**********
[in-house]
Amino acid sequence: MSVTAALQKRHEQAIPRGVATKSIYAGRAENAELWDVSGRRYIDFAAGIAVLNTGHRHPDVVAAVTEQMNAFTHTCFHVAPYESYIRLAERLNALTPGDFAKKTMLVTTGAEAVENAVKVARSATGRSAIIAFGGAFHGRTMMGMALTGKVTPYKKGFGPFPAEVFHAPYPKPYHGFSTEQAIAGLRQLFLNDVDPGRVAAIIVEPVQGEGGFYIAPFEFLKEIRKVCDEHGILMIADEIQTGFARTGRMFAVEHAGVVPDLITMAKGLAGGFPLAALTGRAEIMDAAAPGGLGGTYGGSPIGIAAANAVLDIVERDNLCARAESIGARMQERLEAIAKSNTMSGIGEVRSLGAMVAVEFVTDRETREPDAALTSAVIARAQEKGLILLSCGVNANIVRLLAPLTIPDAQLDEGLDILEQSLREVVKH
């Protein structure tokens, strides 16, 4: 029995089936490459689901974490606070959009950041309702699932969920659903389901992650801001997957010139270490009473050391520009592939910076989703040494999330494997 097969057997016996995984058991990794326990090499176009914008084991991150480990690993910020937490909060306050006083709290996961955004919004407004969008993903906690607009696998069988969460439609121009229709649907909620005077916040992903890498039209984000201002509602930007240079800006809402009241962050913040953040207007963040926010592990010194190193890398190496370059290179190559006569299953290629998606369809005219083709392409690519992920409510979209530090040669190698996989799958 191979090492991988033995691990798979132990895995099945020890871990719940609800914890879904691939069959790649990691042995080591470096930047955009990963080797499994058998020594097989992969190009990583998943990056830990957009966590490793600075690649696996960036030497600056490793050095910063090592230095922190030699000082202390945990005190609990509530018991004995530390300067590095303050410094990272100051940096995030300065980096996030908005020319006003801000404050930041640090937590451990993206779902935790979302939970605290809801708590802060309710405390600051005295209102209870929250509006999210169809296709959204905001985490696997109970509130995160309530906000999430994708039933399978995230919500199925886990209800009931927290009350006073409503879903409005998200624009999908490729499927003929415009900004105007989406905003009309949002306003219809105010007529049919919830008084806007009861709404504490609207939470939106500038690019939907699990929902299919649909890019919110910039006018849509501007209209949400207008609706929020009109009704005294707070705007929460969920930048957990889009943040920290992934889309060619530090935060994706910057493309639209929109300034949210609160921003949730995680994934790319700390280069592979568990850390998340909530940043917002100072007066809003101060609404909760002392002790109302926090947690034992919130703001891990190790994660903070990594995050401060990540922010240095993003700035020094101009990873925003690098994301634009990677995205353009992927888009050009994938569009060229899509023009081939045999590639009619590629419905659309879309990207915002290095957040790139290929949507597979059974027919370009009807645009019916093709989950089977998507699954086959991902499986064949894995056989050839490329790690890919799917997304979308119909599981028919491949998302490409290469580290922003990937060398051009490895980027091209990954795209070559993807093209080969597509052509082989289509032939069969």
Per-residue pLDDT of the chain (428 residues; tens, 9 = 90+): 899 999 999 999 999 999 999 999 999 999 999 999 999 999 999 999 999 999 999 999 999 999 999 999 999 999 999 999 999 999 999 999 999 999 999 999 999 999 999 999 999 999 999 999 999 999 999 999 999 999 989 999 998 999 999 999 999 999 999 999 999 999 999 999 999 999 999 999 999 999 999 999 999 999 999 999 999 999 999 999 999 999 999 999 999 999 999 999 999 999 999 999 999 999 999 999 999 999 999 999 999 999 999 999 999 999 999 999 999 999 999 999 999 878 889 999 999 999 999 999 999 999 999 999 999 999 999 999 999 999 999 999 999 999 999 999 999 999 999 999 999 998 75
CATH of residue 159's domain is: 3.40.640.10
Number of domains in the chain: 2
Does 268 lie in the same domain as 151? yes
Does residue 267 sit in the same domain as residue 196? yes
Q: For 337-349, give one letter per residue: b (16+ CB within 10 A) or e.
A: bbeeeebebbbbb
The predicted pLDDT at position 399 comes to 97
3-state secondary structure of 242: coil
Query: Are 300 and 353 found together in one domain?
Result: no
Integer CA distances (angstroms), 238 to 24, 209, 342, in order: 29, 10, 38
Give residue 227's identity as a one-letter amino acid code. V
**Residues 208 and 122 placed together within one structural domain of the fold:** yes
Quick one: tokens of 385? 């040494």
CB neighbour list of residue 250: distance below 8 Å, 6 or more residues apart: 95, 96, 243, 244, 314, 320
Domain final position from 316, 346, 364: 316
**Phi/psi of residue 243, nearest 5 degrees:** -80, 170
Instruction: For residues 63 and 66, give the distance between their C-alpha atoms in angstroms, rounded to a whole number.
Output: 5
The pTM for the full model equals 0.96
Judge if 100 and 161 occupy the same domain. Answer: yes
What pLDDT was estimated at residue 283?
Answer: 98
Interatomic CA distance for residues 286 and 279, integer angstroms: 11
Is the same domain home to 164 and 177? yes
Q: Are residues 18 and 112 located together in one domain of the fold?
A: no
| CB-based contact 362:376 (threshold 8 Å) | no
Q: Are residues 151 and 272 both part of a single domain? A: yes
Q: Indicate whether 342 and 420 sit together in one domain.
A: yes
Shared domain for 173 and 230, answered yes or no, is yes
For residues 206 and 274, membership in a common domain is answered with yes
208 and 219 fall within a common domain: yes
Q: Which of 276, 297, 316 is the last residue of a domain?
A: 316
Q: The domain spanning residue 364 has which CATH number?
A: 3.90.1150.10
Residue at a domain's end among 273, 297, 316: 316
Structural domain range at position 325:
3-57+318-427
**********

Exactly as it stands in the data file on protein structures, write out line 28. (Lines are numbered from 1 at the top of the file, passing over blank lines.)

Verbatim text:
Interatomic CA distance for residues 286 and 279, integer angstroms: 11